Loyola Hopes to Ride Home Court Advantage to a Semis Victory

Ed Chan

CHICAGO — Homecourt advantage: Loyola.

Winner of their only meeting this season: Loyola.

Team that has never won it all: Loyola.

Opponent making its 16th consecutive appearance and 29th overall in the NCAA final four: Penn State.

That same Penn State that has two championships to its credit, in 1994 and 2008.

Teams that lost in last year’s semifinals: Both of them

All of which might mean everything or nothing when Penn State and Loyola face off Thursday night with a berth in the national-championship match on the line.

“I think we match up really well with Penn State,” Loyola coach Shane Davis said. “We should feel really good about going into tomorrow night’s match.

“They serve well, we have great serve receive, and I think we can stay in system and cause them a lot of problems.”

That was the case last March 21 when the Nittany Lions came to this same Gentile Arena and Loyola walked away with a 3-1 victory.

“I’m excited,” said Loyola junior outside hitter Cody Caldwell, “We did a good job in March of taking care of this team and we know how to prepare for matches really well. We just need to show up to play.”

Penn State, the No. 5 seed in the six-team field and champion of the EIVA, improved to 25-6 on Tuesday night by winning a four-set play-in match over Lewis, Loyola’s MIVA rival.

“I thought Lewis looked a little tired by the end of the match,” Loyola’s Davis offered. “It could have been their schedule and who they’ve been playing lately. But I was kind of surprised to see Penn State win in four against Lewis.”

Loyola, riding a 25-match winning streak, shouldn’t be tired and will get the boost of what is expected to be a sold-out Gentile Arena. The Ramblers are 27-1 and haven’t lost since falling at home to USC back on Jan. 4. They’ve been off since beating Lewis on Saturday night for the MIVA title.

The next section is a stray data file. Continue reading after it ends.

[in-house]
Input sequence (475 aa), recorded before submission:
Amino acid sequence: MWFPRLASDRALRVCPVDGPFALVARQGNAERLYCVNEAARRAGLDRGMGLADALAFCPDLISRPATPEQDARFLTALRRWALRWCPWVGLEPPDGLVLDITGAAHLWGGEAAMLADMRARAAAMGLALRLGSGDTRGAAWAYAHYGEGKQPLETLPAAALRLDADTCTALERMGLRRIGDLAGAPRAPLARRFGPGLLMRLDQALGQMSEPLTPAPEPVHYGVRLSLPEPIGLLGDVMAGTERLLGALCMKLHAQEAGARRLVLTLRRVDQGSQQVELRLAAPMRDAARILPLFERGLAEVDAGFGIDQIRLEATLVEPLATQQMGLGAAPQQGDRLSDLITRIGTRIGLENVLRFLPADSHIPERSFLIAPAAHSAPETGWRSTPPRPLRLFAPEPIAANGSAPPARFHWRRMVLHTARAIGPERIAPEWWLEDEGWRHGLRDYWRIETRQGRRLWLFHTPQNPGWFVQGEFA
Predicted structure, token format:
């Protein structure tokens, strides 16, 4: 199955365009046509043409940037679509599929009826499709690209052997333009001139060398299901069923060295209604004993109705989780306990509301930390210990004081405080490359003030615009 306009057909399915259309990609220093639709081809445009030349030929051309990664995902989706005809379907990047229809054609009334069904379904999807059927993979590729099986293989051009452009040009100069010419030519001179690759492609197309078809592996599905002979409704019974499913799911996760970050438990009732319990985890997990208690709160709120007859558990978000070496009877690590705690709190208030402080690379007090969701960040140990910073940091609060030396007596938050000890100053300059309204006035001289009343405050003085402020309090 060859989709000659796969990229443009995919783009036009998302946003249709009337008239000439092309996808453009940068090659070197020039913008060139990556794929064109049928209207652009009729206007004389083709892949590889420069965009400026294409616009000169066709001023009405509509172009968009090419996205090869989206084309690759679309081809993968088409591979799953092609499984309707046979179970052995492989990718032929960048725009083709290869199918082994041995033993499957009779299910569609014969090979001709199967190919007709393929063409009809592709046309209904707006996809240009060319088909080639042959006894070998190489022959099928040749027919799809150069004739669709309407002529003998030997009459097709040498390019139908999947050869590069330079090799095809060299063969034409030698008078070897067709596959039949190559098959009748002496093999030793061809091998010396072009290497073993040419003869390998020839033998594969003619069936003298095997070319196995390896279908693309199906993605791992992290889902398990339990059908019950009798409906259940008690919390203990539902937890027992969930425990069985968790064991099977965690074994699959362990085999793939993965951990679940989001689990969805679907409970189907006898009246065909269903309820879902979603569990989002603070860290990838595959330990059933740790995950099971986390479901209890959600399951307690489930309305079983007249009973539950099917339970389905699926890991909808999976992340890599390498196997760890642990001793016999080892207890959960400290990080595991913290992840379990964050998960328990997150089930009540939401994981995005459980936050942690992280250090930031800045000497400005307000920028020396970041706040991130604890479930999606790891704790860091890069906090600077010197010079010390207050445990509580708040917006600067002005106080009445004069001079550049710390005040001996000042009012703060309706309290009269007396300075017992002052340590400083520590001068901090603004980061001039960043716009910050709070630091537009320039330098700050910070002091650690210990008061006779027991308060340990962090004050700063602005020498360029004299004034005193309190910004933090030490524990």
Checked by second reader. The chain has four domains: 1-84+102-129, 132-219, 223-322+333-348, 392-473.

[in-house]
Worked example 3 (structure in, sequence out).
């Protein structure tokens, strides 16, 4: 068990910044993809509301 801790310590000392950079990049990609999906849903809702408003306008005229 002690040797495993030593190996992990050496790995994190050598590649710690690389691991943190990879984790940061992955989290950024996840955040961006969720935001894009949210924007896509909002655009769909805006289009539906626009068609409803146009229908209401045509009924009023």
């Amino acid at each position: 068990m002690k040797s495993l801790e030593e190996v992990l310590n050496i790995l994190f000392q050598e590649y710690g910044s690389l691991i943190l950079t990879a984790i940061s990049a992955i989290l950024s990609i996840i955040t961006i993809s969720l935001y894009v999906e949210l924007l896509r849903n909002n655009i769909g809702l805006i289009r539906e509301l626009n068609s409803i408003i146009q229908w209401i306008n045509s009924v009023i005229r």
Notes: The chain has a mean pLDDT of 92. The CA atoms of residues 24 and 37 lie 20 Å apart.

Whereas Penn State is an annual fixture at this event, Loyola broke through for the first time last year, losing to eventual-champion UC Irvine in three, but a close three: 26-24, 25-18, 29-27.

It wasn’t lost on the Ramblers even then that they had a chance to play on their home floor a year later.

“It was a pride thing. We knew were going to be hosting at the end of the year and made it a focus,” said sophomore outside Thomas Jaeschke, the MIVA player of the year and AVCA All-American. “We went into the gym every day and worked hard to make sure we achieved that goal.”

Added Caldwell, “Our No.1 goal was to make sure we were in this tournament … These next two games mean more to us than the whole season.”

Penn State has similar feelings as it plays its fourth match in eight days. Coach Mark Pavlik, an assistant on that ’94 title team and head coach in 2008, said this team is extremely poised and competitive.

“We can’t lose,” PSU junior libero Connor Curry said. “If you do the season’s over. I think we’re taking every match with an attitude that it could be our last. That’s our main focus right now.”

“We’re coming in feeling good about the way we do things,” Pavlik said. “It’s going to be really interesting on Thursday night to see who believes in their physicality throughout the entire match.”

In the case of the Nittany Lions, that will include the talented Russell brothers, Aaron and Peter, Nick Goodell, and big Matt Sierfert, who at 6’9” looks as much like an NBA power forward as a volleyball player.

“We’re playing well,” Siefert said. “The nice thing about the tournament is everyone is playing their best volleyball of the season and that’s where we want to be.”

So who has the advantage? Pavlik said perhaps the biggest key is who plays well after getting to 20 points in the 25-point matches, something the Nittany Lions didn’t do here last March 21.

“The fact that they beat us earlier in the year gave us a lot of motivation,” Aaron Russell said, acknowledging the homecourt advantage for Loyola.

“Both teams are going to come out firing and it’s going to be an exciting match.”

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